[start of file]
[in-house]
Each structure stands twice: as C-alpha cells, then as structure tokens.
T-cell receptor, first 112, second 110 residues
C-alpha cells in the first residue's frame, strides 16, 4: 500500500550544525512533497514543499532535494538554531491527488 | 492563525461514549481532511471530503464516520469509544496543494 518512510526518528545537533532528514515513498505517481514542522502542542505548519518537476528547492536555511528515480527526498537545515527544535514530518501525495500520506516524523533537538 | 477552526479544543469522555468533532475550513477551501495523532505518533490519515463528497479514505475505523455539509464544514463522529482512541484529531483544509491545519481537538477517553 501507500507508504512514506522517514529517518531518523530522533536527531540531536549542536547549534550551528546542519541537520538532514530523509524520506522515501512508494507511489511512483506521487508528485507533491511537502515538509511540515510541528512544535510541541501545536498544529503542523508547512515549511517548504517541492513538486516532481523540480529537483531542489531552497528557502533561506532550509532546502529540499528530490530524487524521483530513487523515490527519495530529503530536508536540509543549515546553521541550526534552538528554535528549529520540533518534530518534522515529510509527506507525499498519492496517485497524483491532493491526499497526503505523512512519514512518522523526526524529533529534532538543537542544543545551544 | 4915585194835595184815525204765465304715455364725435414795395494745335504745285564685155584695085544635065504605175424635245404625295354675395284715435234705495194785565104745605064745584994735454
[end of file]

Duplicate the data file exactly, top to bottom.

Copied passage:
[in-house]
Each structure stands twice: as C-alpha cells, then as structure tokens.
T-cell receptor, first 112, second 110 residues
C-alpha cells in the first residue's frame, strides 16, 4: 500500500550544525512533497514543499532535494538554531491527488 | 492563525461514549481532511471530503464516520469509544496543494 518512510526518528545537533532528514515513498505517481514542522502542542505548519518537476528547492536555511528515480527526498537545515527544535514530518501525495500520506516524523533537538 | 477552526479544543469522555468533532475550513477551501495523532505518533490519515463528497479514505475505523455539509464544514463522529482512541484529531483544509491545519481537538477517553 501507500507508504512514506522517514529517518531518523530522533536527531540531536549542536547549534550551528546542519541537520538532514530523509524520506522515501512508494507511489511512483506521487508528485507533491511537502515538509511540515510541528512544535510541541501545536498544529503542523508547512515549511517548504517541492513538486516532481523540480529537483531542489531552497528557502533561506532550509532546502529540499528530490530524487524521483530513487523515490527519495530529503530536508536540509543549515546553521541550526534552538528554535528549529520540533518534530518534522515529510509527506507525499498519492496517485497524483491532493491526499497526503505523512512519514512518522523526526524529533529534532538543537542544543545551544 | 4915585194835595184815525204765465304715455364725435414795395494745335504745285564685155584695085544635065504605175424635245404625295354675395284715435234705495194785565104745605064745584994735454